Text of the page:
62. During the last quarter of the last century the law of adoption was frequently considered, both by departmental and inter-departmental committees and by the Westminster Parliament. The Adoption Act 1976 (which extended to England and Wales only) consolidated changes made between 1958 and 1975. None of these changes affected the principle of joint adoption being permitted only by a married couple. Official consultation papers and White Papers reflect many other more pressing concerns, including recognising the paramount interest of the child available for adoption; questioning of the assumption that the child’s interests always required complete severance of ties with the birth mother and her family; better regulation of adoption agencies; the earlier involvement of courts in the adoption process; and provisions concerned with international aspects of adoption. These concerns appear, for instance, from the White Paper Adoption: The Future (November 1993, Cm 2288) and a Cabinet Office consultation paper on adoption Prime Minister’s Review: Adoption (Performance and Innovation Unit, July 2000).

  63. The international dimension was (in very brief summary) covered by the European Convention on the Adoption of Children 1967 and the 1993 Hague Convention on Protection of Children and Co-operation in Respect of Intercountry Adoption. Article 6(1) of the 1967 Convention followed the principle of joint adoption only by married couples. It was necessary for the United Kingdom to make a partial denunciation of the 1967 Convention in order to enable the enactment of section 50 of the Adoption and Children Act 2002 (which, with an immaterial exception, extends to England and Wales only).

  64. Section 50 (adoption by couple) of that Act provides:

    (1)

    An adoption order may be made on the application of a couple where both of them have attained the age of 21 years.

    (2)

    An adoption order may be made on the application of a couple where –

    (a)

    one of the couple is the mother or the father of the person to be adopted and has attained the age of 18 years, and

    (b)

    the other had attained the age of 21 years.

    Section 144(4), as amended by section 79 of the Civil Partnership Act 2004, defines a couple:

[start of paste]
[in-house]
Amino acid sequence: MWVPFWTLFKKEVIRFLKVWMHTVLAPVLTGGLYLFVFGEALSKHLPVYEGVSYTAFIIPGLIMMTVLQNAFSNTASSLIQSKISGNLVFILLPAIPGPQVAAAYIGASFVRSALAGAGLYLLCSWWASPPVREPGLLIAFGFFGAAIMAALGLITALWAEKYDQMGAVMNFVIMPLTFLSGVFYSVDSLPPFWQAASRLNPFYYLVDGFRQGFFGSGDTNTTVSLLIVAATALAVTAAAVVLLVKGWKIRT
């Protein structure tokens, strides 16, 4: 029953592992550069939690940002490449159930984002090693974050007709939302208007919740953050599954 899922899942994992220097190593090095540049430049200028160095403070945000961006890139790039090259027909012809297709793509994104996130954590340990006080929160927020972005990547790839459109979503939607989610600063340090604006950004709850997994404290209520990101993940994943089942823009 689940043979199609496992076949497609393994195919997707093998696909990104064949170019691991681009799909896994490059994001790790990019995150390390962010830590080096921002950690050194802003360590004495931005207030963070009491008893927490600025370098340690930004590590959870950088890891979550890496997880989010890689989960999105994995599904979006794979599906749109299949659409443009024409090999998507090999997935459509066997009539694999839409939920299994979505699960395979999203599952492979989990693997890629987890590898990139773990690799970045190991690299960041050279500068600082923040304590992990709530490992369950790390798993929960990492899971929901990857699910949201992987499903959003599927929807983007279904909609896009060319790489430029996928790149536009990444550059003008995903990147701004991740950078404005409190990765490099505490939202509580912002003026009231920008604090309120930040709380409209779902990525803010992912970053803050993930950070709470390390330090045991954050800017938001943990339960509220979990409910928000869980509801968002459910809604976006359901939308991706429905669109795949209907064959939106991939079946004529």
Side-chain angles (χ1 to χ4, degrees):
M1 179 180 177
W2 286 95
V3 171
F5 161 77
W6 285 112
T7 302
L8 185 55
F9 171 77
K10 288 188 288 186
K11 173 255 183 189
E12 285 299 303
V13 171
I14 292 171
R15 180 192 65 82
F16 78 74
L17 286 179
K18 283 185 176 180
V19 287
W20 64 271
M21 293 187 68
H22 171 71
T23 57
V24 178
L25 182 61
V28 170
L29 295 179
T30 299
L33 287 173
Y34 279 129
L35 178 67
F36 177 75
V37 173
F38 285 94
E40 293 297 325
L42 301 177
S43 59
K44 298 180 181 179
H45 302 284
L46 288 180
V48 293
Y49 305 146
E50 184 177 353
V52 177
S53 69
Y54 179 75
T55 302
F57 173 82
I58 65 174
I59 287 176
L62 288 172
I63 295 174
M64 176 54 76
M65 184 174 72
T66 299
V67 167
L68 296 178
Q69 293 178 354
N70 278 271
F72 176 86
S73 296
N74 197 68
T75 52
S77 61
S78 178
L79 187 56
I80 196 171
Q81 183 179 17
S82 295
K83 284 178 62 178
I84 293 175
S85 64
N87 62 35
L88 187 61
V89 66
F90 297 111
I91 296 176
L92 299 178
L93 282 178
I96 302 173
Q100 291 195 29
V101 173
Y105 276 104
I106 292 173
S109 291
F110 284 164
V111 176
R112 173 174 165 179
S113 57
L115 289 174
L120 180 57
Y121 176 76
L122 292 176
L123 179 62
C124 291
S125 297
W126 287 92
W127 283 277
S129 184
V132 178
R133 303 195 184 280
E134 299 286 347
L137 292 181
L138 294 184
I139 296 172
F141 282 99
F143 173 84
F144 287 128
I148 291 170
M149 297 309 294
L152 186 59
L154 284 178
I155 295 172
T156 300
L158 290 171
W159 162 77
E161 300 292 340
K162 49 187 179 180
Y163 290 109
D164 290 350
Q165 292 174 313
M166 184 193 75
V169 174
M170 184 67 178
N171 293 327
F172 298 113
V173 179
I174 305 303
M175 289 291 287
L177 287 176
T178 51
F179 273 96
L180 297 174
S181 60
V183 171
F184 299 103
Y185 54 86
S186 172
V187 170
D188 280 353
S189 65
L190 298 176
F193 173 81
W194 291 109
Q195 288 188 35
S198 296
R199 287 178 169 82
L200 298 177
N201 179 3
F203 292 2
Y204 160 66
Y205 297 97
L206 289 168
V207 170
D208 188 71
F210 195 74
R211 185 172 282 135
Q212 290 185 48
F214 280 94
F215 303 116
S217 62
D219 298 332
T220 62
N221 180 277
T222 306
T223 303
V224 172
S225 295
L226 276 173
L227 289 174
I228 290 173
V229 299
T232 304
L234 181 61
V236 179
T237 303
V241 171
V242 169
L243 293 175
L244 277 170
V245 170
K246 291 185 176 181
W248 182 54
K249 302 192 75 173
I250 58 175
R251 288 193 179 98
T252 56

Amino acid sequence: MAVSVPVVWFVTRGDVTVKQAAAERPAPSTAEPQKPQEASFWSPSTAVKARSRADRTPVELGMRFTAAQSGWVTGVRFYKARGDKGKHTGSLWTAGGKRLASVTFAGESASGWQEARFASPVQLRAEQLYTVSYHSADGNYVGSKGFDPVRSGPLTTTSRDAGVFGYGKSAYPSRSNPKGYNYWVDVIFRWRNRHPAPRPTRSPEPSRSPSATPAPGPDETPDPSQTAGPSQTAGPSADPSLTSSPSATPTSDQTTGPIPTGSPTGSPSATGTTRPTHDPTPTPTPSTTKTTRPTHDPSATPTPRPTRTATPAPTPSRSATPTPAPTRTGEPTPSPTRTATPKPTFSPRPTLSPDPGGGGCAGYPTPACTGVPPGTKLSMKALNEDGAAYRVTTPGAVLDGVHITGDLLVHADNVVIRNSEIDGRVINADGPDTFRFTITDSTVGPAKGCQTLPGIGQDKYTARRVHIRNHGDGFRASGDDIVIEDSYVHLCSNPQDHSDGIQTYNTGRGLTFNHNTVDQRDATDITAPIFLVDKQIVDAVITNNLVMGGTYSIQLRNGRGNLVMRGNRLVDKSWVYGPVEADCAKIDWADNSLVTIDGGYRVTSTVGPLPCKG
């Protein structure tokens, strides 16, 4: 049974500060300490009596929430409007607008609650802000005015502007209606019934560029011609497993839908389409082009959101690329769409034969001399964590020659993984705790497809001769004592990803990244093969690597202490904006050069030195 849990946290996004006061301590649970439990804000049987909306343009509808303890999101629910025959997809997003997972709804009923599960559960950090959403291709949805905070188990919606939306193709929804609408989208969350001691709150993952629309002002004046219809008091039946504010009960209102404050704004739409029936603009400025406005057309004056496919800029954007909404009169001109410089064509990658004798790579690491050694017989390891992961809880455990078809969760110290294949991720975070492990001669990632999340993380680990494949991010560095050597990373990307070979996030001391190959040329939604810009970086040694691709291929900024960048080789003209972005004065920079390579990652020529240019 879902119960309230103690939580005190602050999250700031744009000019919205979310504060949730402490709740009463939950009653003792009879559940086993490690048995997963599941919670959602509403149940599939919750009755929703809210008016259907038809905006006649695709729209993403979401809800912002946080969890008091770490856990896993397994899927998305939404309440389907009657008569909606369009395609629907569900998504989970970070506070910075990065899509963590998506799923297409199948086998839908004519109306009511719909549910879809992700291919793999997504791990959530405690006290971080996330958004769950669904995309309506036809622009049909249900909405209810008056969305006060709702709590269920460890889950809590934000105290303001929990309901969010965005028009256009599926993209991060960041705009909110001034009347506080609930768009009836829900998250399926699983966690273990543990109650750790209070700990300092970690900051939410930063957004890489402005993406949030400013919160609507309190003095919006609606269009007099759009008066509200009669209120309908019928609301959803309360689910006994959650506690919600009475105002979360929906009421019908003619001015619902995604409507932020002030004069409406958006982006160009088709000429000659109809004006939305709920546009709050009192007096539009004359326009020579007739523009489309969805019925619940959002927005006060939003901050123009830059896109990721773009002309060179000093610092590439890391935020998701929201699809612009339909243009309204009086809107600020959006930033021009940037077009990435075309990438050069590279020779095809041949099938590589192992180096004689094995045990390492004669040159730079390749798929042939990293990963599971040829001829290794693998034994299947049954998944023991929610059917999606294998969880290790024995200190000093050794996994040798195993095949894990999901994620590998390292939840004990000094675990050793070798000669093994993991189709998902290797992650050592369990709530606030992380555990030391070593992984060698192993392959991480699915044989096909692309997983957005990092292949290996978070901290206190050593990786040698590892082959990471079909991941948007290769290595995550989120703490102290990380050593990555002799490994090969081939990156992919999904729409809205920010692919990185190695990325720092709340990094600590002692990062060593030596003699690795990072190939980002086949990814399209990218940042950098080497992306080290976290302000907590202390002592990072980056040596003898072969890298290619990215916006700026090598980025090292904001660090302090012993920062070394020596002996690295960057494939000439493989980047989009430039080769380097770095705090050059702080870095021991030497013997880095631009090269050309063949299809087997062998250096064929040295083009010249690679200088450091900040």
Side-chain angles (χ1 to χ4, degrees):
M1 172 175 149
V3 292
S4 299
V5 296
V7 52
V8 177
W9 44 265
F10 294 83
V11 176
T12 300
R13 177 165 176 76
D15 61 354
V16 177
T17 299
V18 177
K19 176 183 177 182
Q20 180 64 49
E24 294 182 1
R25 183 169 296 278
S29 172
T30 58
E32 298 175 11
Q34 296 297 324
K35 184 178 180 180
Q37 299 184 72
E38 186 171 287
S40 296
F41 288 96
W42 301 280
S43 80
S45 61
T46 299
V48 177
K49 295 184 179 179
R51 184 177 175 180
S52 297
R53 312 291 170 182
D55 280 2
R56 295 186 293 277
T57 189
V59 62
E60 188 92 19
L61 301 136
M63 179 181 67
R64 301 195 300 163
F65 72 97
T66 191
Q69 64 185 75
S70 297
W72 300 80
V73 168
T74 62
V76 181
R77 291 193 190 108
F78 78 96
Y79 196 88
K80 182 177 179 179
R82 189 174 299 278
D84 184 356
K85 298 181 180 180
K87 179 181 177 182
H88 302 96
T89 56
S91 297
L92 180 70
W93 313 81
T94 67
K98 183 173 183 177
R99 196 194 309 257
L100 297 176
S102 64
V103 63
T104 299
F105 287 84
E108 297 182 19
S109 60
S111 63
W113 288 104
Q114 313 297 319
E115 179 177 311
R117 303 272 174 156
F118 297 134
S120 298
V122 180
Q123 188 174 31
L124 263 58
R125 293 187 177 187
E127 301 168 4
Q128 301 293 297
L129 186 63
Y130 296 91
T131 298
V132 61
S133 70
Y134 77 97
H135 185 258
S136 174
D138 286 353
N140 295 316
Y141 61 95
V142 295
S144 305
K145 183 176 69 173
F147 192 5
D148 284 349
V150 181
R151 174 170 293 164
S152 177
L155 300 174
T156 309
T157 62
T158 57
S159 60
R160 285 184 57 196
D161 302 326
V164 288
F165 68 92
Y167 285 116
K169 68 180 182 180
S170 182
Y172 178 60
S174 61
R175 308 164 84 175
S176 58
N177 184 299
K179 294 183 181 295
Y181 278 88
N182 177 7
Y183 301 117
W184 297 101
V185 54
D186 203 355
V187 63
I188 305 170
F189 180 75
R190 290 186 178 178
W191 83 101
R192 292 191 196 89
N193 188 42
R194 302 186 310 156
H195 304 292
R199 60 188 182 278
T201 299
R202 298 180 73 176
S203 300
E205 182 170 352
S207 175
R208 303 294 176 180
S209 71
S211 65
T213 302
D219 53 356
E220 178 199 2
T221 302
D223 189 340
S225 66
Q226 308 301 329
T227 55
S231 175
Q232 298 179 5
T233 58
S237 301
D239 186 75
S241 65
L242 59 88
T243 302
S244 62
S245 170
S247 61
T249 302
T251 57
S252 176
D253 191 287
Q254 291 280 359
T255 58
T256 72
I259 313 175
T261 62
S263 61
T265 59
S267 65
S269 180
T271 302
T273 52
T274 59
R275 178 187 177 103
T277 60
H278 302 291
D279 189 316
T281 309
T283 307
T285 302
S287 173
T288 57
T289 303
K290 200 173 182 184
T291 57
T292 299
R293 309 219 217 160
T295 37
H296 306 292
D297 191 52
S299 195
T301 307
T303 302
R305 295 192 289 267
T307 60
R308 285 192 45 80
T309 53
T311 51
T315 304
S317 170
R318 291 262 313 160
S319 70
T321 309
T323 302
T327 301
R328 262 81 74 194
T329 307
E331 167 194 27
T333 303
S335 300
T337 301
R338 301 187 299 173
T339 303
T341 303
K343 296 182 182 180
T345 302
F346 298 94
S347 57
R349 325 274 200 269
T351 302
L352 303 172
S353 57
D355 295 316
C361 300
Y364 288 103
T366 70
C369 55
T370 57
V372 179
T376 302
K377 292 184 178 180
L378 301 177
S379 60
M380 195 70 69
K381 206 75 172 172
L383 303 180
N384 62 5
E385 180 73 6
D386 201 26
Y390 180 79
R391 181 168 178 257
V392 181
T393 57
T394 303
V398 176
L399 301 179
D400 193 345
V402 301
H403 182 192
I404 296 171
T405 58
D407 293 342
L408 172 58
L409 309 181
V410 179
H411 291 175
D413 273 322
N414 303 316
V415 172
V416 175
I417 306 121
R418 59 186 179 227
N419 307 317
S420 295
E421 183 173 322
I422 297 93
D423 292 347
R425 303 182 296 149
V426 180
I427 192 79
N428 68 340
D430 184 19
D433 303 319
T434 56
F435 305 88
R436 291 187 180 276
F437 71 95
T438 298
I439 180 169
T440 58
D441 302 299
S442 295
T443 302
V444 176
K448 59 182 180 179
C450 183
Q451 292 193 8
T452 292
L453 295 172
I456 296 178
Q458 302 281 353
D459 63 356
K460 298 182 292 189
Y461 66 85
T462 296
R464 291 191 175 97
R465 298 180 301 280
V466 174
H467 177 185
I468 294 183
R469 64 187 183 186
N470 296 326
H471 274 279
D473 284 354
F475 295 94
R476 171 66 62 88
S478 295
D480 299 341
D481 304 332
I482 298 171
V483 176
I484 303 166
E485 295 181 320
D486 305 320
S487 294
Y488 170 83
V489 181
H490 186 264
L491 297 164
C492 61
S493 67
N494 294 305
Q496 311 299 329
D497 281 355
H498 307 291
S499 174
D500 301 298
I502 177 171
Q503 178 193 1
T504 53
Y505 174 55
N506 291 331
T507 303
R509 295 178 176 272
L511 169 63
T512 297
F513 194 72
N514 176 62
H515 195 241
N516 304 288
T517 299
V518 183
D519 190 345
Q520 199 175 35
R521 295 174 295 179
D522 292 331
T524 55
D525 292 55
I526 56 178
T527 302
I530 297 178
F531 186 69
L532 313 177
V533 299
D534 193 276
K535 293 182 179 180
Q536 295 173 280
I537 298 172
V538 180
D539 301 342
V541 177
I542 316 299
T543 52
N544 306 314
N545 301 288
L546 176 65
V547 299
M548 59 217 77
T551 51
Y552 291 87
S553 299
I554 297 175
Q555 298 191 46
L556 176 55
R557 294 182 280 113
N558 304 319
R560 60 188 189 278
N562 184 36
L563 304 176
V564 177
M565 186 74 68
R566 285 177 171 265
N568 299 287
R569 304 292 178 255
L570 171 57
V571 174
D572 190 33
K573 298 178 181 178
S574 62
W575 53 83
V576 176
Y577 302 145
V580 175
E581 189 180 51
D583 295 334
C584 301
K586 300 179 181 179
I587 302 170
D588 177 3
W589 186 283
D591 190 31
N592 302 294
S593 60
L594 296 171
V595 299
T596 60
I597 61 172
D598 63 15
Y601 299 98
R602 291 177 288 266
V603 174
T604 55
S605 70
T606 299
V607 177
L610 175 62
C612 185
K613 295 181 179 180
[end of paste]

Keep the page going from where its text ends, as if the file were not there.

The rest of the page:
In this Act, a couple means –

    (a)

    a married couple, or

    (aa)

    two people who are civil partners of each other or

    (b)

    two people (whether of different sexes or the same sex) living as partners in an enduring family relationship.

    Section 144(5) and (6) exclude closely-related persons from the scope of section 144(4).

  65. These provisions were not included in the Bill as originally drafted (and published with a consultative document as long ago as March 1996). Nor were the provisions included in the Bill as originally introduced into Parliament. The substance of the amendment originated as an opposition amendment at the Third Reading in the House of Commons, and re-emerged as a group of government amendments on which the majority party permitted a free vote.

  66. These provisions came into force in England and Wales in 2005. Similar provisions have been enacted in Scotland but have not yet come into force. There is a new draft European Convention on the Adoption of Children (very recently presented to the Committee of Ministers of the Council of Europe) which contains as article 7 (conditions for adoption) the following:

    1.

    The law shall permit a child to be adopted:

    (a)

    by two persons of different sex

    (i)

    who are married to each other, or

    (ii)

    where such an institution exists, have entered into a registered partnership together;

    (b)

    by one person.

    2.

    States are free to extend the scope of this Convention to same-sex couples who are married to each other or who have entered into a registered partnership together. They are also free to extend the scope of this Convention to different-sex couples and same-sex couples who are living together in a stable relationship.

    So the general position throughout the Council of Europe appears to be in a transitional state. The same seems to be true under the jurisprudence of the European Court of Human Rights, as appears from the recent decisions in Fretté v France (2002) 38 EHRR 438 and EB v France (22 January 2008) discussed in the opinion of my noble and learned friend Lord Hoffmann.